It was a historic day for our tiny Flemish branch when we replaced the old harmonium with a new electric organ. Nothing could better symbolize our progress, lift the morale of our handful of members, and prepare the way to convert the whole city.
Still, some regrets accompanied the exit of the crumbling harmonium. It had served to the best of its ability, with its two squeaking foot pedals to pump the bellows, and the left pedal faltering regularly. If I remember right, it had six of seven worn-out stops above the keyboard to produce voice changes, but none had ever worked properly. The two knee pedals to control volume had broken off long ago under the power of some passing missionary. The instrument still gave sounds, but our newly called local organist could not play it. A problem of distance between his feet and the foot pedals. No pumping, no voice.
So it was a wreck with limited musical memories that we carried out the building when the truck of Muziekinstrumenten Bex arrived one Thursday afternoon with the long awaited jewel. A real Hammond organ! Its polish and freshness made the old living room â€“ our chapel â€“ beam with religious revival.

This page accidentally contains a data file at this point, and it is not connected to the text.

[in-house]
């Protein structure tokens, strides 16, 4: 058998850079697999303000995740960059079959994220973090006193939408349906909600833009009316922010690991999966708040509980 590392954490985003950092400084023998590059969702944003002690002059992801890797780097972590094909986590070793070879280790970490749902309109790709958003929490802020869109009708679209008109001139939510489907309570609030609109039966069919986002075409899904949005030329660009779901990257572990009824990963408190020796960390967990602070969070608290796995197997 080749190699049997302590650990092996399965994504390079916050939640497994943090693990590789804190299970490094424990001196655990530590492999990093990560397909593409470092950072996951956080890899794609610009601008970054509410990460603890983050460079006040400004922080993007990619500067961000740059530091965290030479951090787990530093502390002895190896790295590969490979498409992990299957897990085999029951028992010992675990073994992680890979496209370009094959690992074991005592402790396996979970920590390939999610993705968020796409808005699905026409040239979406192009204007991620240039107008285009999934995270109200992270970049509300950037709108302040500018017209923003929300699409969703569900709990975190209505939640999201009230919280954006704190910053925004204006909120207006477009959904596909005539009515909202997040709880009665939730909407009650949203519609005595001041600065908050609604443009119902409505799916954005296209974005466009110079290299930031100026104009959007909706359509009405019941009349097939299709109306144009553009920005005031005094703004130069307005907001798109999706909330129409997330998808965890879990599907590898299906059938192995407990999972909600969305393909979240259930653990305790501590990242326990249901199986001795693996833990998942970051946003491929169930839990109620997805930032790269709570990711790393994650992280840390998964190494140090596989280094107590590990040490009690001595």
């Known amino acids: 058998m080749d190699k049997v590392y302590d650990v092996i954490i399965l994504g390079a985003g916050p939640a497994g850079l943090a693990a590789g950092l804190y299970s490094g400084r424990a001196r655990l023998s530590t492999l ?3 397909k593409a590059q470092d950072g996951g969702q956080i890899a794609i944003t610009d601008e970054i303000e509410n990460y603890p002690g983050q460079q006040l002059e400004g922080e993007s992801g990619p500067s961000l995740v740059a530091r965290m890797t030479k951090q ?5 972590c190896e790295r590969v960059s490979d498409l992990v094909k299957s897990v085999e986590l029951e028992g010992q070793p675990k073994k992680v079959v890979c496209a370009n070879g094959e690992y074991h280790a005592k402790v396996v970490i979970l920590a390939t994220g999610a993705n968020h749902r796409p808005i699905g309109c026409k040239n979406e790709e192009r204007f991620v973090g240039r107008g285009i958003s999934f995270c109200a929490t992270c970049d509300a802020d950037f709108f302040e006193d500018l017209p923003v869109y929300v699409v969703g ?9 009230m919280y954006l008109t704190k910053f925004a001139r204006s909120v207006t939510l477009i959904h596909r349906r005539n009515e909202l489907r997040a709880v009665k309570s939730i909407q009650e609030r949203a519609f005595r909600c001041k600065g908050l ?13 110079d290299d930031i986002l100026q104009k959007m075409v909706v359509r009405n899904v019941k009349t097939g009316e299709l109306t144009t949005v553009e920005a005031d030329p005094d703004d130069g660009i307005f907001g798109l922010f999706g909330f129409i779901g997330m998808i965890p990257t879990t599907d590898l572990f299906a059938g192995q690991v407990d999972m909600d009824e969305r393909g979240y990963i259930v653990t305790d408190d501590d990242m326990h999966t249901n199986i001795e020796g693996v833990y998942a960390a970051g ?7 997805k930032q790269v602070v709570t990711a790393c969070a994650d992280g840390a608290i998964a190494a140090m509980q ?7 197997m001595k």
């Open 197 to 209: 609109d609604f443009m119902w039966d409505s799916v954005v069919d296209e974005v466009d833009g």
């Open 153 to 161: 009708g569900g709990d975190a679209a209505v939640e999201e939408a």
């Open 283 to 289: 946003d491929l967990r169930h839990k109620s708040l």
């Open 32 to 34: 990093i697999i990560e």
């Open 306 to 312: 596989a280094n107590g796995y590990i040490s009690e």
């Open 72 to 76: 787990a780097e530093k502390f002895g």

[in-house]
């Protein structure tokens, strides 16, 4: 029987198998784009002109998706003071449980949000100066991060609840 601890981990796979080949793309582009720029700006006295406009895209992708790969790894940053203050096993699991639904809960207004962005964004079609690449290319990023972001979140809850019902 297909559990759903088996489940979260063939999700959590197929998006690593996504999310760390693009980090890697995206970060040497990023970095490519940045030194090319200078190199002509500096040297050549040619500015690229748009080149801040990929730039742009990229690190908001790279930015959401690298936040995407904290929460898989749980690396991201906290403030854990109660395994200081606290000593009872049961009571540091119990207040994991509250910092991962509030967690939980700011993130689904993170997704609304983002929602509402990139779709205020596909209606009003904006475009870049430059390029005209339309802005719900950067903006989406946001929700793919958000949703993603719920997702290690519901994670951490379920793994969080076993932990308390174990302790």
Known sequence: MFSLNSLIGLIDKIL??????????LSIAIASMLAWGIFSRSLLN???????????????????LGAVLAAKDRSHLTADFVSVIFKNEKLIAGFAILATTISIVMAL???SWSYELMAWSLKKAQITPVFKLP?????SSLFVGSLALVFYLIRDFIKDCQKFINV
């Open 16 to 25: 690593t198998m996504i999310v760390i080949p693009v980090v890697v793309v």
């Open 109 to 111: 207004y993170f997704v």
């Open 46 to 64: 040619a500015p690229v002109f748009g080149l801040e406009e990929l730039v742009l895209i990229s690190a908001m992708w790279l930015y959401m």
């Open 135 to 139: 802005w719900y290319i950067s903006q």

Mister Bex himself made the delivery and demonstrated the capabilities.
– Twenty-nine voices, pan flute, oboe, tenor sax, clarinet, violin… For percussion, twenty variants… This is the bass guitar tuba… A special feature is the stereo reverberation…
And he played, his hands wandering over keys and voices, engulfing the room with the vibrancy of luscious variations. I, along with two other members who were present for the event, nodded approvingly, adopting the clever stare of experienced musicians.
– Thank you so much, mister Bex.
Sunday came. Our teeny knot of Saints felt renewed reverence as we gathered in the room, greeted by the smell and sight of our organ.
Welcome. Announcements. Opening hymn.
Our new organist had already taken his seat: little Frank, nine years old, three lessons far in his first piano year. And now he played, absorbedly, with one hand and one finger, his eyes jumping from hymnbook to keyboard and back.
And we sang, elated, intently watching his finger, modeling our voices to his hesitations:
O mijn Vader, die daarboven… O my Father, thou that dwellest in the high and glorious place…